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Video: Fruits And Fat Restrictions Reduce Risk Of Dying From Breast Cancer
Fruits and Fat Restrictions Reduce Risk of Dying from Breast Cancer
A low-fat diet like the one recommended for maintaining heart health is also associated with a lower risk of dying from breast cancer, according to a new large-scale study.
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A low-fat diet like the one recommended for maintaining heart health is also associated with a lower risk of dying from breast cancer, according to a new large-scale study. The results will be presented on June 2, 2019 at the American Society of Clinical Oncology Annual Meeting in Chicago.
The study included 48,835 women aged 50 to 79 years without breast cancer. It was part of the Women's Health Initiative, a global study examining the effects of hormone therapy, diet and certain nutritional supplements on the health of more than 160,000 postmenopausal women.
The participants were randomly assigned to two groups. Initially, a third of the calories from their diets came from fat. The goal of the first group was to reduce fat intake by up to 20% (of total daily calories) and increase intake of fruits, vegetables and grains. The control group continued to eat as usual.
After the end of the study (after 8.5 years), the incidence of new cases of breast cancer in both groups was approximately the same. However, in women in the first group, who were diagnosed with breast cancer in the interim period, the risk of dying from any cause was 35% lower than in the control group.
Scientists found that the longer women ate a low-fat diet, the lower their risk of death over the study period (although not all participants were able to reduce their fat intake by up to 20%). Even 20 years after the end of the study, these women had a 15% lower risk of mortality, and the risk of dying from breast cancer was 21% lower.
“This is a very inspiring result for us. We now have a randomized clinical trial showing that a moderate diet available to many can provide health benefits, including a reduced risk of dying from breast cancer,”said study lead author Dr. Rowan Chlebowski, researcher from the Los Angeles Institute for Biomedical Research at Harbor-UCLA Medical Center.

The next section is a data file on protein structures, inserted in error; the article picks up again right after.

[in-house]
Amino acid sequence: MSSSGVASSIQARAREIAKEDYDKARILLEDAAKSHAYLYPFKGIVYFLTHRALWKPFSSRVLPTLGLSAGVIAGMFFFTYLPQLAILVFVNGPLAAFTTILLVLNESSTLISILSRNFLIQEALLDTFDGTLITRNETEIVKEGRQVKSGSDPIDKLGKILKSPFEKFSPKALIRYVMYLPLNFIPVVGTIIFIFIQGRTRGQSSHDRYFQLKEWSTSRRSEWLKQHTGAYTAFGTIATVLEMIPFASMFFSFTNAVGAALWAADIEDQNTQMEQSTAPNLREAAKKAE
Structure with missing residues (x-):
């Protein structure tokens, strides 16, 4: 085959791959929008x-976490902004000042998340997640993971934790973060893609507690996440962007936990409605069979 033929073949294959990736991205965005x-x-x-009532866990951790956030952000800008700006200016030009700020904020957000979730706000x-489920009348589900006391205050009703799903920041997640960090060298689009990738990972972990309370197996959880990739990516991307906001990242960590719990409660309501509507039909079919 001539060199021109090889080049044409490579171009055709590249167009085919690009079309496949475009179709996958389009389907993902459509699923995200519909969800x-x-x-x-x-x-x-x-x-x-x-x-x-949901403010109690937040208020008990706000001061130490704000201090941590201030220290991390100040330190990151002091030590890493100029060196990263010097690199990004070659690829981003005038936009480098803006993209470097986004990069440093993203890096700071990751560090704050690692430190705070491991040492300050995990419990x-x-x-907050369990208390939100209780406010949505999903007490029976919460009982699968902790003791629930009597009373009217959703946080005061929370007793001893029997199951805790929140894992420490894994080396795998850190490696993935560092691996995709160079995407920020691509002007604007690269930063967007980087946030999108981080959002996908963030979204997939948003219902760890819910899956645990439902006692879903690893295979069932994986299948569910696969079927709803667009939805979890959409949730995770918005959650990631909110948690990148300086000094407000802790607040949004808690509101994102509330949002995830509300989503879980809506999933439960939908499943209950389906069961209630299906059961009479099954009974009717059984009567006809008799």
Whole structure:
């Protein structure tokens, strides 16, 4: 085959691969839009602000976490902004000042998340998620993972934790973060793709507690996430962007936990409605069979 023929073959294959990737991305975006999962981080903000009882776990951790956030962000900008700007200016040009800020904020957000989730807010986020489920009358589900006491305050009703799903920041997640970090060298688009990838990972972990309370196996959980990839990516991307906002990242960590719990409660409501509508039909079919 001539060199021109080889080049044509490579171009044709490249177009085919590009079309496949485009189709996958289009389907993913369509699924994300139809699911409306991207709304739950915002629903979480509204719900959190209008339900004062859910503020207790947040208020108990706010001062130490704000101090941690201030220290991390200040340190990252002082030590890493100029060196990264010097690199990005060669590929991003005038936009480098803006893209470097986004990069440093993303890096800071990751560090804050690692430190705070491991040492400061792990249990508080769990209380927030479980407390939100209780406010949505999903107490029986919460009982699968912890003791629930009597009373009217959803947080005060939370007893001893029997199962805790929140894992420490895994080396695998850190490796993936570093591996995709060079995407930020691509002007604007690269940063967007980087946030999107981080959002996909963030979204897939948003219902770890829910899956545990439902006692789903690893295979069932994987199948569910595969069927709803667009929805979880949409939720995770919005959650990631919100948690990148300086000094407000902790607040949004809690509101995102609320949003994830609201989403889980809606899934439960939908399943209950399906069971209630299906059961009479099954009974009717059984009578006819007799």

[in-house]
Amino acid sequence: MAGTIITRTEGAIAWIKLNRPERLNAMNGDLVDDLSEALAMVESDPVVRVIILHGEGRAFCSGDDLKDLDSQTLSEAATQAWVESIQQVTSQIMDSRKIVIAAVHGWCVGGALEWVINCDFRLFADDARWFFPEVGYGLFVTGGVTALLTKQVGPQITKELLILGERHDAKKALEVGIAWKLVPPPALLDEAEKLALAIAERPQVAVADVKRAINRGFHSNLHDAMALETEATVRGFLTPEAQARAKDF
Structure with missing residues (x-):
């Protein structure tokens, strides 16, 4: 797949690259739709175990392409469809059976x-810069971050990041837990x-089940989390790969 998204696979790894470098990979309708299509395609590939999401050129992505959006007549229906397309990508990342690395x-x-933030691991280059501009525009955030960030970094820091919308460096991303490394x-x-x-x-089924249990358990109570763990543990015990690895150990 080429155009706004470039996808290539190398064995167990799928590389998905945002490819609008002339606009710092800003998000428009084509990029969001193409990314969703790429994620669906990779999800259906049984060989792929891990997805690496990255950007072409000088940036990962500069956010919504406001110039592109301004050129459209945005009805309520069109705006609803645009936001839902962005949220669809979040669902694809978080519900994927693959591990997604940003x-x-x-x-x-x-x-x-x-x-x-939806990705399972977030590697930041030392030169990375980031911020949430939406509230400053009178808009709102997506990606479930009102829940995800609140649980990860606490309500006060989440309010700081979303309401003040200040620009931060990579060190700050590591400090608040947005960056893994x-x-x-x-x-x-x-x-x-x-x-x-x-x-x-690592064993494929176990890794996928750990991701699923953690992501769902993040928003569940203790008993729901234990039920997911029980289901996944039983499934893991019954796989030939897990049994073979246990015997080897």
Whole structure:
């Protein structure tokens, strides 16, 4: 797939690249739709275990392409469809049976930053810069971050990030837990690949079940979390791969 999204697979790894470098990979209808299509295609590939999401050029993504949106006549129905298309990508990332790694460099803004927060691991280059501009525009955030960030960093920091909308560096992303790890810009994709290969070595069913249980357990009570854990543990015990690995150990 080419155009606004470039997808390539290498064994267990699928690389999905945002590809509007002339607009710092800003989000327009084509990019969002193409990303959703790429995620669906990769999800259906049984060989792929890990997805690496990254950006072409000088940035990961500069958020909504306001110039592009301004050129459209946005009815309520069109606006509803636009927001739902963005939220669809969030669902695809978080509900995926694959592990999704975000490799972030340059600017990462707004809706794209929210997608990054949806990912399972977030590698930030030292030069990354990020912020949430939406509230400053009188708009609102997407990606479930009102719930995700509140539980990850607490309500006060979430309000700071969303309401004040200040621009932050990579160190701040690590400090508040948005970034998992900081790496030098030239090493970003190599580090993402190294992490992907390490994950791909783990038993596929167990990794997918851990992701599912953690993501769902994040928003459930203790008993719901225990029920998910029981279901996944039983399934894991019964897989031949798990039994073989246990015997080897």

This is the first study to thoroughly test a potential factor that could influence breast cancer mortality. Previous observational studies looked at cancer outcomes based on diet, whereas this study provided volunteers with specific dietary recommendations. The effectiveness of such a diet appears to be related to preventing the growth of established tumors.
“Prior to this study, we lacked data from a prospective randomized controlled trial, which is the gold standard, to show that a dietary approach does indeed reduce the risk of dying from breast cancer,” said oncologist Neil Iyengar of Memorial Sloan Kettering Cancer Center. did not participate in the study. “Many of us who advocate diet and exercise for cancer treatment are encouraged by the findings of this study because they are the first to show very convincingly that we can improve outcomes and prevent cancer deaths simply by changing our diet.”
The researchers plan to delve deeper into the data (using blood samples taken at the beginning of the study and one year later) to look for factors that changed in women on a low-fat diet compared to the control group.
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